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22 June 2016

The OFT’s Christmas Message: Stay away from cartels!

The Office of Fair Trading (OFT) is the body responsible for the public enforcement of Chapter I of the Competition Act 1998, which prohibits cartels and anti-competitive agreements. Infringements are backed up with penalties of up to 10 per cent of global worldwide turnover.

The OFT is now into the last few months of its existence, before it is replaced by the Competition and Markets Association (CMA). However, this has not prevented it from issuing a series of infringement decisions against alleged cartel activity in the UK.

On 6 December 2013, it announced that it had decided that four suppliers of access control and alarm systems to retirement properties have breached the Chapter I prohibition of the Competition Act 1998.

It imposed fines totally £53,410 on three of the companies, with the fourth, Cirrus, receiving immunity under the OFT's leniency policy. The OFT found that the companies engaged in a number of collusive tendering arrangements, affecting at least 65 tenders.

Specifically, Cirrus, entered into various separate collusive tendering arrangements with each of the other three companies whereby they would submit higher bids than Cirrus, with the aim that Cirrus would win the contracts.

On 12 December 2013, the OFT announced the conclusion of an investigation into a market sharing agreement between Lloyds Pharmacy Limited, Quantum Pharmaceutical Limited and Total Medication Management Services Limited.

Under this arrangement, the parties agreed not to supply prescription medicines to each other's existing care home customers. Lloyds Pharmaceutical Limited, which brought the existence of the agreement to the OFT's attention, benefited from immunity from fines under the OFT's immunity policy.

The other parent company of the other two undertakings settled proceedings against them by agreeing to pay a fine of £387,856.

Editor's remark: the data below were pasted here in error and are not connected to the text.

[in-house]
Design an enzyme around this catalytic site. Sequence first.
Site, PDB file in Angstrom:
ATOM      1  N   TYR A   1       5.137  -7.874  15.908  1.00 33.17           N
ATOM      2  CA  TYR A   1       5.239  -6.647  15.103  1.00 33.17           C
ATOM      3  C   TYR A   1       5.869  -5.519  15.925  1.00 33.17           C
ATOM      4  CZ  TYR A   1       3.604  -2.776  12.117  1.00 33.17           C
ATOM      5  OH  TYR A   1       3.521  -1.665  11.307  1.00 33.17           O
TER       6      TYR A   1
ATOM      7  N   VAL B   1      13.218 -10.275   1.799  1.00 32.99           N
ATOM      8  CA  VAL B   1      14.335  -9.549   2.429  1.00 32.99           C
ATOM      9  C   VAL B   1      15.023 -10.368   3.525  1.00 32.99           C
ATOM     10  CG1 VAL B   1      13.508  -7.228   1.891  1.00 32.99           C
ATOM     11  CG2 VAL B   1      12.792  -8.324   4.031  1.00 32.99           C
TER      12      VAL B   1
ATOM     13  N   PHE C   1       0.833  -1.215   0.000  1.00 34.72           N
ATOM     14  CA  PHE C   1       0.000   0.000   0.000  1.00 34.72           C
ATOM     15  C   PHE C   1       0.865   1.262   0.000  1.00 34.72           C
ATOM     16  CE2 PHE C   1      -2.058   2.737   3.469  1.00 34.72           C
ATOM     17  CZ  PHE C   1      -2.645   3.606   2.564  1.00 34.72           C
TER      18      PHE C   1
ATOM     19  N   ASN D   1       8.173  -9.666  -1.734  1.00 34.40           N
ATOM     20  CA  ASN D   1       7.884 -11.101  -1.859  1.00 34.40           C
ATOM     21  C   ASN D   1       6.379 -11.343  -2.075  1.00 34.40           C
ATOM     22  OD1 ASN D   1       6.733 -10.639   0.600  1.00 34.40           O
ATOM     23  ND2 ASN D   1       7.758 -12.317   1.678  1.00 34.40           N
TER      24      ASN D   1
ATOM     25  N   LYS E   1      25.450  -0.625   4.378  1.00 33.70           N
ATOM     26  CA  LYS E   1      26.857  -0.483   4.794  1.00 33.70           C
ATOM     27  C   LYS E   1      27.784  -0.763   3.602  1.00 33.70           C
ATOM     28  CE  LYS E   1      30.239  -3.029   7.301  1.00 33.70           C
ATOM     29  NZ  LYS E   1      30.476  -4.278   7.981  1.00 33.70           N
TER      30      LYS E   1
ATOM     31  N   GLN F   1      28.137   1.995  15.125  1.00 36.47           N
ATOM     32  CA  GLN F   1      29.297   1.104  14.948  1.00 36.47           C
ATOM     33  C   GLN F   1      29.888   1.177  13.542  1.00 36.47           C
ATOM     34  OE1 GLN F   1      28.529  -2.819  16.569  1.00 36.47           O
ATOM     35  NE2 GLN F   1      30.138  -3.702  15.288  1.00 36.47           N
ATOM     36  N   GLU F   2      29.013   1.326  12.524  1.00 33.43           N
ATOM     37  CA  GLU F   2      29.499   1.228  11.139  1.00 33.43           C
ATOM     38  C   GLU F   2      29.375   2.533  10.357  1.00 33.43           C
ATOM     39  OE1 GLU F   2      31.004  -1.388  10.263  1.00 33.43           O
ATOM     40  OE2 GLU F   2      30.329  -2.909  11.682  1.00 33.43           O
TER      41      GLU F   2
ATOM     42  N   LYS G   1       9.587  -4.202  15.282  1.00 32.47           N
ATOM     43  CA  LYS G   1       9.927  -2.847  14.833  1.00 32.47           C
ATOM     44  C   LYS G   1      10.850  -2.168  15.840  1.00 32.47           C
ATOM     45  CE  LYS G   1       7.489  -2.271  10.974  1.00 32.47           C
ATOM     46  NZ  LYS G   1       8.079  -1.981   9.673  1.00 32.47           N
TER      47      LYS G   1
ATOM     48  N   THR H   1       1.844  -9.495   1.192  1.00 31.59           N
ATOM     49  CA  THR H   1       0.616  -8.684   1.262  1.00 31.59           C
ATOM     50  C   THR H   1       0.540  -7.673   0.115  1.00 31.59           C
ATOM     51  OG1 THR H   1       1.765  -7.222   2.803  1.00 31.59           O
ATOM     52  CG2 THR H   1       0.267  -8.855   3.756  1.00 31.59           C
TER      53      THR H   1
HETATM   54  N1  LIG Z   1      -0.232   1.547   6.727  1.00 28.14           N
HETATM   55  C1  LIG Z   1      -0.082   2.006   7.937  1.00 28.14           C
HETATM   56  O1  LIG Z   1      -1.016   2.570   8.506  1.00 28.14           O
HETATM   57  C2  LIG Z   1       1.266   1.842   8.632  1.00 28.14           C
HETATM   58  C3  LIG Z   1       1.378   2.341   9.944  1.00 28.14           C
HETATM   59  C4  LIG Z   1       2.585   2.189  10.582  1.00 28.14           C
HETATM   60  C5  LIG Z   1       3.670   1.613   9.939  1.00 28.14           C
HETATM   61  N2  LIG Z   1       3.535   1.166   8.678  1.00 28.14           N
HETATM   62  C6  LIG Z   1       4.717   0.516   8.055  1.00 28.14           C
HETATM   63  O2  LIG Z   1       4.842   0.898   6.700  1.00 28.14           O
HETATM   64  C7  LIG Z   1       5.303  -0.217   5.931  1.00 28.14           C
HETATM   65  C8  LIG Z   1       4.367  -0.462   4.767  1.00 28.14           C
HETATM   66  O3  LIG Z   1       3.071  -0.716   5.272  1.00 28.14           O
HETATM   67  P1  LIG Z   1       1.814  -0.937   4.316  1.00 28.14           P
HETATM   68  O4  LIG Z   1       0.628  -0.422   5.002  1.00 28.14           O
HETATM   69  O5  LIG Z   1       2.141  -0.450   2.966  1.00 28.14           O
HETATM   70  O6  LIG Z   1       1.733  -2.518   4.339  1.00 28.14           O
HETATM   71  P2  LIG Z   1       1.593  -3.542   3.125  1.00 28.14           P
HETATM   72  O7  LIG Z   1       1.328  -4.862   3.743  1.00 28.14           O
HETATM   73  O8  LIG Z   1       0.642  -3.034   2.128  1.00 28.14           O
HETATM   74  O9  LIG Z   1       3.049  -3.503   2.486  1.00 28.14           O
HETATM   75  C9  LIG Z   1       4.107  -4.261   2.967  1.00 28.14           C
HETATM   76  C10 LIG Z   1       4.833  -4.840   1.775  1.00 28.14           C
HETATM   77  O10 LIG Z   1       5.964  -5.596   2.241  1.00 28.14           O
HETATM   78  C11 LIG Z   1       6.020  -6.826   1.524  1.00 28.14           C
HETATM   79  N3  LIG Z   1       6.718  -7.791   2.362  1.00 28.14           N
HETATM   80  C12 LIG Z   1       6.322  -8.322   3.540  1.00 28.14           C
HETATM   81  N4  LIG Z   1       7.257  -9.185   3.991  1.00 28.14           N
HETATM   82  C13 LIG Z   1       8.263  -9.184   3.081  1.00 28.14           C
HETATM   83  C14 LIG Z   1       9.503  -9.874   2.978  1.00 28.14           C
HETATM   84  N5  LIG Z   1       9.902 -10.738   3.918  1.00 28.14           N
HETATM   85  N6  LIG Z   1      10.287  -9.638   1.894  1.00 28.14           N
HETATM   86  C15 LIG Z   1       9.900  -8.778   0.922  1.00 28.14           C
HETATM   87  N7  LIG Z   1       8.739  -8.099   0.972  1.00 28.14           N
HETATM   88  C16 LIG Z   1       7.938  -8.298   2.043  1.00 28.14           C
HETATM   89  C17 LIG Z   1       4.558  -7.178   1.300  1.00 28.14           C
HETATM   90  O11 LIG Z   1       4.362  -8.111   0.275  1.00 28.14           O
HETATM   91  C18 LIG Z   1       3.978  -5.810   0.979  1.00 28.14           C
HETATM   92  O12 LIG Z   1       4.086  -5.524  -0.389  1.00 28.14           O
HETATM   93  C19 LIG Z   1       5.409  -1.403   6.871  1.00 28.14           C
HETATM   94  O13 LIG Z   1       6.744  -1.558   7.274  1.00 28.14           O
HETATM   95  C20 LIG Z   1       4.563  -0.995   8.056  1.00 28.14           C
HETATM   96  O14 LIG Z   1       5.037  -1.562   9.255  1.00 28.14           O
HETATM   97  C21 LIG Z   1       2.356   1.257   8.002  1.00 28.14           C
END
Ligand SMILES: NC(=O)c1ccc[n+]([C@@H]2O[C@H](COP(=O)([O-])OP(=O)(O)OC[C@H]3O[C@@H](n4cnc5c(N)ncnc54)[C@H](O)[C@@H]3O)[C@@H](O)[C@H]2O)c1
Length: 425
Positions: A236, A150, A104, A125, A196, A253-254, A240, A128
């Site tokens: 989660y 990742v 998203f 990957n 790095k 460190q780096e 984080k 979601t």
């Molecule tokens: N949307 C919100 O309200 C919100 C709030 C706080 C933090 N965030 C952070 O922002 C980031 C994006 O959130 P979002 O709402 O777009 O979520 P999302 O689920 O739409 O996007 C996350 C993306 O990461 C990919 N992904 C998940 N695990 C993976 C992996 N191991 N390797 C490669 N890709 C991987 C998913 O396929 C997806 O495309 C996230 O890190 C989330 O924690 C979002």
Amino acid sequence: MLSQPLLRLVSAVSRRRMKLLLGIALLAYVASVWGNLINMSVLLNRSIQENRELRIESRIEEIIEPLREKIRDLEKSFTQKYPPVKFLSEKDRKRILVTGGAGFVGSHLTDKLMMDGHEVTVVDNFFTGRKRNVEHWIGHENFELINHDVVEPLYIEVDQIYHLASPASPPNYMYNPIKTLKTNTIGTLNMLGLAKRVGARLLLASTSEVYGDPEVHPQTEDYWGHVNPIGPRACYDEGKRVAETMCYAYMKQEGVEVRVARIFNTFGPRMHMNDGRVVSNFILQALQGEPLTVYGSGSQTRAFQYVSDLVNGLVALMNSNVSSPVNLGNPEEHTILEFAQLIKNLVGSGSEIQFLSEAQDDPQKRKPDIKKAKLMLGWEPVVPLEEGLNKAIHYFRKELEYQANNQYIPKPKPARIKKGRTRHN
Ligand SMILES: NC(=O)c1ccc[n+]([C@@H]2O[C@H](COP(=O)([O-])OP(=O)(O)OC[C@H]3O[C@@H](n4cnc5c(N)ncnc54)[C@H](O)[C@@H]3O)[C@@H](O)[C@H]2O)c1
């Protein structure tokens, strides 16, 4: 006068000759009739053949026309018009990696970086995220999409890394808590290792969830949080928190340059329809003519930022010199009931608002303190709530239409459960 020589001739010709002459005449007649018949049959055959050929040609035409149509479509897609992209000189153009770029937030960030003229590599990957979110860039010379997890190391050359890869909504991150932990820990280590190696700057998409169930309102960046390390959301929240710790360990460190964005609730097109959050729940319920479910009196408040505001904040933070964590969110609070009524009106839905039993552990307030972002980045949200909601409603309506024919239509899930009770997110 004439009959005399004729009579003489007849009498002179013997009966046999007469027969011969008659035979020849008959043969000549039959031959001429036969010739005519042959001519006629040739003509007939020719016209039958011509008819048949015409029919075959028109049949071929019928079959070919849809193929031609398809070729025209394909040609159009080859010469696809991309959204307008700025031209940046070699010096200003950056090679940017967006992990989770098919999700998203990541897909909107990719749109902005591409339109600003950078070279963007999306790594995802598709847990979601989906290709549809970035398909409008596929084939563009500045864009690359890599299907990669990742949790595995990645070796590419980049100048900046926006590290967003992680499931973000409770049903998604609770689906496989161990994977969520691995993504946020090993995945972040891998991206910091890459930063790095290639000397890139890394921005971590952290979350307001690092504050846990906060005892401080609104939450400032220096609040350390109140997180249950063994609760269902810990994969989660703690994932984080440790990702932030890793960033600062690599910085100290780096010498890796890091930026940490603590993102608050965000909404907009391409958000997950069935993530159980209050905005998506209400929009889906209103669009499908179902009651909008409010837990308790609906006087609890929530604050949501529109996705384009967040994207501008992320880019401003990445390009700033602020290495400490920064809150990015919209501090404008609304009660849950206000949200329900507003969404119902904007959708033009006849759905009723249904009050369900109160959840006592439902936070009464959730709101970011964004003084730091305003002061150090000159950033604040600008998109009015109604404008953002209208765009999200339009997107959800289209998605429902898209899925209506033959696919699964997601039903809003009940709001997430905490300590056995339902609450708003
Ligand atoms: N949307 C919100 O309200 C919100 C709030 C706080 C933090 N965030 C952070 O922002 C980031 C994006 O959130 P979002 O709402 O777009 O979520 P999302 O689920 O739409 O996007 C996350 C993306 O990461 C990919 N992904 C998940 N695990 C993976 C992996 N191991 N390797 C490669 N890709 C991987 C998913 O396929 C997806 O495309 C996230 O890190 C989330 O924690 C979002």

There is the prospect of further decisions in the near future. In December, the OFT also announced that it had commenced an investigation into certain advertising and customer referral practices in the real estate sector.

No findings of liability have been made at this stage.

Private antitrust compensation actions

Another important aspect of antitrust enforcement is private action enforcement, under which victims of anti-competitive activity commence legal proceedings to claim compensation. In January, the UK Government presented the Consumer Rights Bill before Parliament. The draft Bill adds to an earlier Bill presented in June 2013.

This Bill makes the following proposals:

Competition Appeal Tribunal as single judicial venue

The CAT, which has specialist competition law expertise, will have jurisdiction over all competition damages actions. These will include both stand-alone cases (where the claimant seeks to establish the defendant's liability of its own initiative) and follow-on claims (which follow an earlier public decision against the same defendant from a competition regulator).

Conditions for authorising person to act as a representative in collective proceedings

A person may be authorised to represent a class of claimants if the Competition Appeal Tribunal considers that it is just and reasonable for that person to act as a representative in those proceedings. In practice, many such actions will be brought by trade associations.

Undertakings as to damages in fast-track procedure

The new Bill now includes provisions relating to undertakings as to damages given in relation to the grant of injunctions in claims being considered under the fast-track procedure.

Alternatively, the CAT may impose a cap on the amount that a person may be required to pay under an undertaking as to damages given on granting an injunction.

Approval of redress schemes

The Bill now provides that the CMA may take into account the amount or value of compensation offered when deciding whether to approve a redress scheme. The draft Bill had provided that the CMA may not take this into account.

The UK's initiative in this area, together with a similar one in the EU, raises the profile of private enforcement actions and can be expected to lead to an increased number of cases.

Even before these have entered into force, there are already a significant number of actions before the UK Courts at present.

These include claims against participants in a price fixing cartel involving copper tube suppliers, as well as a market-sharing cartel relating to carbon and graphite products.

This article was written by Paul Henty.

For more information please contact Paul on +44 (0)20 7427 6506 or